How intensive sheep farmers can improve traceability and profits
Farmer's Weekly|January 21, 2022
Intensive sheep farming has given eastern Free State farmer Gareth Angus the opportunity to increase his lambs’ survival rate, boost profits and ensure traceability from birth to farm gate, while also decreasing predation and elemental risk. Susan Marais visited Angus’s farm during the 2021 LRF Stockman School.
By Susan Marais, Photography by Susan Marais
How intensive sheep farmers can improve traceability and profits

Long gone are the days when sheep were produced on sleepy farms where the animals were simply left on the veld for days without having any contact with the farmer. These days, farmers have to manage their flocks with far greater care due to the risks posed by stock theft and predation.

Gareth Angus runs Merino sheep, cattle (Simmentaler and Simbra) and game with his father on Wisp-Will Farm near Arlington in the eastern Free State. He is in charge of the sheep component.

SPRING AND AUTUMN LAMBING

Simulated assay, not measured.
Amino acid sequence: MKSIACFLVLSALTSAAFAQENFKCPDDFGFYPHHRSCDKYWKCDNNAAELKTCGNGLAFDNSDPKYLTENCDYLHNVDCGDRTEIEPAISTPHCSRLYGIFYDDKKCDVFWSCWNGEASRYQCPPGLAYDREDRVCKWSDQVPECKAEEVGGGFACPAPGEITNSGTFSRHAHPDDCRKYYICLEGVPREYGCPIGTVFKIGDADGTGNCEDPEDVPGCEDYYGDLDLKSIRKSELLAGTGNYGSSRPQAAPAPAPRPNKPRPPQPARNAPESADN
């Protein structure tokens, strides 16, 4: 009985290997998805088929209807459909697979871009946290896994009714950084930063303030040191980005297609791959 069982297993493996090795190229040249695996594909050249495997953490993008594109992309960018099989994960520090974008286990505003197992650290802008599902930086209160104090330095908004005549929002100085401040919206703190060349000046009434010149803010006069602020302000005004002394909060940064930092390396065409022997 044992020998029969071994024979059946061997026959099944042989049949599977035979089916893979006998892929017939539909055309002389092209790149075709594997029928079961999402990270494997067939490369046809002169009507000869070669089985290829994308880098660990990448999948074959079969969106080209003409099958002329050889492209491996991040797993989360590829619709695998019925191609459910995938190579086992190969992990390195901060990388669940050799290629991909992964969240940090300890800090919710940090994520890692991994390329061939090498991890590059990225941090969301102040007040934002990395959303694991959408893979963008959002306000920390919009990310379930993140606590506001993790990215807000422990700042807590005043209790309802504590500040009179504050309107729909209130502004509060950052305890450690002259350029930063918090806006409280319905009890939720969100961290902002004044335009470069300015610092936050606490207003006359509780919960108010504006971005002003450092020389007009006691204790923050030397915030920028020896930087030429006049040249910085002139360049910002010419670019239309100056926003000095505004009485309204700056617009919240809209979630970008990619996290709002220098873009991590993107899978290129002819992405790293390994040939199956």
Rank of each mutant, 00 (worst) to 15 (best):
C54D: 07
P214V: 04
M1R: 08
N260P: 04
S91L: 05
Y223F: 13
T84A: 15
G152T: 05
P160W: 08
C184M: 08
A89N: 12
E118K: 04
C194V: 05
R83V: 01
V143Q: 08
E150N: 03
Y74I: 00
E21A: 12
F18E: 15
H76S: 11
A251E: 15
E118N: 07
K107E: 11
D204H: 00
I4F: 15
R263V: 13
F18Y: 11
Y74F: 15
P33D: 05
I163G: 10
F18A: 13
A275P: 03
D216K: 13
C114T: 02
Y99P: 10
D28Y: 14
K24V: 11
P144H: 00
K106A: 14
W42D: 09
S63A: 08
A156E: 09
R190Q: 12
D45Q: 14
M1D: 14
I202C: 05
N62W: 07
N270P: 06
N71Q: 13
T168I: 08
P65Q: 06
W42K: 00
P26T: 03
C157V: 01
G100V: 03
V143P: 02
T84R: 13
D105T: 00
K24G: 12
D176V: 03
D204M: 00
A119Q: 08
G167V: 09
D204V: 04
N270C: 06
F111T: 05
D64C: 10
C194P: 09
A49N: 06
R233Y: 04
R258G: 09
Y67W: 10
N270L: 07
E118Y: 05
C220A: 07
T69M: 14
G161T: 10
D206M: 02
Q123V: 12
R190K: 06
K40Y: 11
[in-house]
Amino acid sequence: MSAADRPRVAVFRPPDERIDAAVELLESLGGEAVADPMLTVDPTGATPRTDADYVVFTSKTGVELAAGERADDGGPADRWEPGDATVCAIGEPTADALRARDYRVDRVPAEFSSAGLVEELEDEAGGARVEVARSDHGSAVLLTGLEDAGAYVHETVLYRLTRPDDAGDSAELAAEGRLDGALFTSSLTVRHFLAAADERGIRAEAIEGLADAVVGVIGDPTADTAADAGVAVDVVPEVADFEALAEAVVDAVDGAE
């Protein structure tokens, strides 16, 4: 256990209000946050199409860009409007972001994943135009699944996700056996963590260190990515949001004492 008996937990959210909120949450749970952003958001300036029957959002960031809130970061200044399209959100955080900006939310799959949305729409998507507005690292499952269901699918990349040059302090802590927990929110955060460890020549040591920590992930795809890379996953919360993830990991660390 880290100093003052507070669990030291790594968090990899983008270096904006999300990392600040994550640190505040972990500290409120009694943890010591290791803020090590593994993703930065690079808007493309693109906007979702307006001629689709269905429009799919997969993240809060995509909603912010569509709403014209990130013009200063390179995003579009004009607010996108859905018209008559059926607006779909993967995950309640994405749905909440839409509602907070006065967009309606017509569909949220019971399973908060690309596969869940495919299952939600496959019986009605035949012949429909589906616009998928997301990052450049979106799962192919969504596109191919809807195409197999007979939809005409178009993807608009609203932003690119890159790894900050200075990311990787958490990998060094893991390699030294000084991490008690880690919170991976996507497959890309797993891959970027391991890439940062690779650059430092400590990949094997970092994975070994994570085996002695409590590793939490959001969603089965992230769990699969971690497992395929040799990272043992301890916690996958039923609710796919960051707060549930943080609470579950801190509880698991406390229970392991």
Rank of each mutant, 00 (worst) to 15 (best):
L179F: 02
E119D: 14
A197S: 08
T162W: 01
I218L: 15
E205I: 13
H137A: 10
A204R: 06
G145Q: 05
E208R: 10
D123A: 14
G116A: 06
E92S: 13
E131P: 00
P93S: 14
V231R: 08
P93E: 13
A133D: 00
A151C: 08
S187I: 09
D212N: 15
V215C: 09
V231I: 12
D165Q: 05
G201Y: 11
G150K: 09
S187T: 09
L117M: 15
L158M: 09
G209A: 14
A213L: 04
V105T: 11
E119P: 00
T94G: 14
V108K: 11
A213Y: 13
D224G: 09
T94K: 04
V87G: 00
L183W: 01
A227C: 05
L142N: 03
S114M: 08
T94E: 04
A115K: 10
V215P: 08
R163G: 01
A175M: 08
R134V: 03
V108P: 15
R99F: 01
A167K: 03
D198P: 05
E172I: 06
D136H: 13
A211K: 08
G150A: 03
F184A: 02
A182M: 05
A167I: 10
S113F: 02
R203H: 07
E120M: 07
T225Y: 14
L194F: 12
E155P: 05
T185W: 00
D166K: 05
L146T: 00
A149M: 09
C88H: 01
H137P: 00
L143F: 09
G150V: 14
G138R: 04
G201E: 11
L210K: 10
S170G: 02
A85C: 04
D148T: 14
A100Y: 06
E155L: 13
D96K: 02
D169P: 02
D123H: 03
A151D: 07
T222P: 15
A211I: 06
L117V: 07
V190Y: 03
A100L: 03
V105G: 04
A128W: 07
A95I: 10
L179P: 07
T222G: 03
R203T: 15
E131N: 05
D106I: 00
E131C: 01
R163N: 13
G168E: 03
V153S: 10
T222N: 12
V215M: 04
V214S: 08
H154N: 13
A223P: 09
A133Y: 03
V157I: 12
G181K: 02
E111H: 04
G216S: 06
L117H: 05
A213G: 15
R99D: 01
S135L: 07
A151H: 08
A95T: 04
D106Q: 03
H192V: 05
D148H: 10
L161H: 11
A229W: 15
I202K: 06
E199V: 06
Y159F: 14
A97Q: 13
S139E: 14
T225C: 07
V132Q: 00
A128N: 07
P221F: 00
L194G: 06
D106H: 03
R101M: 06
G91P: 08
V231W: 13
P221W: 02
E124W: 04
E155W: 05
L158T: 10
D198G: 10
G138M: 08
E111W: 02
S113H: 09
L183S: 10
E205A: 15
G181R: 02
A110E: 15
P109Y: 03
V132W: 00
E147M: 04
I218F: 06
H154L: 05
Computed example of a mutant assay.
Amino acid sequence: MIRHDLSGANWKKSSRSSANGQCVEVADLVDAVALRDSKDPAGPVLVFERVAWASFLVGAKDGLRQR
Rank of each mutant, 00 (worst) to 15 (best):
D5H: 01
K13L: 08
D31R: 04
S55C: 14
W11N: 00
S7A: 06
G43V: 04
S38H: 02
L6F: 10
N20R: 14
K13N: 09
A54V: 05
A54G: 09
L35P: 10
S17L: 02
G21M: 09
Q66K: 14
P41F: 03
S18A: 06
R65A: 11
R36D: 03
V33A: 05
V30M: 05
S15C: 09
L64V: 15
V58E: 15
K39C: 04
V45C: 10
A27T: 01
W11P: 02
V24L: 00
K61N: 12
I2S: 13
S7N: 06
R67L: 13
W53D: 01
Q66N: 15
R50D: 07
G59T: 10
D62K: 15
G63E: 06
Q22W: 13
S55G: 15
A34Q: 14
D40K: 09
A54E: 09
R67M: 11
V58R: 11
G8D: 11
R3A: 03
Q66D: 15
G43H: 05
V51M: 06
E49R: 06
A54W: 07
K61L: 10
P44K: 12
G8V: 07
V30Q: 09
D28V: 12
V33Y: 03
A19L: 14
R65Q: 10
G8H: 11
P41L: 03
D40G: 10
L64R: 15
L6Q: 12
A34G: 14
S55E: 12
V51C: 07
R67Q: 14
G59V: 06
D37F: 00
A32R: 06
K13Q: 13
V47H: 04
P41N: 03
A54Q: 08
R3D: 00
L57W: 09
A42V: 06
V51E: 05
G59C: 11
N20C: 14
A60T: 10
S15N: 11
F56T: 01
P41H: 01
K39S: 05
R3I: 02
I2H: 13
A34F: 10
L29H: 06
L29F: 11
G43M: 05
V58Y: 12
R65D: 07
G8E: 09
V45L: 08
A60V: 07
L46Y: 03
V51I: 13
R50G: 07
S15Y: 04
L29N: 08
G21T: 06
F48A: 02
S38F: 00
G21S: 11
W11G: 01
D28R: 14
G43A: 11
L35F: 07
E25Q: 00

“We divide the sheep into two flocks: a spring and an autumn-lambing flock,” Angus says.

The spring group lambs from the beginning of September until mid-October, while the autumn group lambs from mid-May until the end of June. Both do so in staggered subgroups. “Each group of ewes lambs once a year. As a result, we have two lambing seasons per annum.”

All maiden ewes (two-tooth) are put to the ram at 18 months old. Teaser rams are used initially for 11 days at three or four rams per 100 ewes, followed by breeding rams for 34 days at the same ratio.

Willie Krüger, a sales representative at RFID Experts/BKB, demonstrates how easy it is to use radio frequency identification system technology.

This story is from the January 21, 2022 edition of Farmer's Weekly.

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This story is from the January 21, 2022 edition of Farmer's Weekly.

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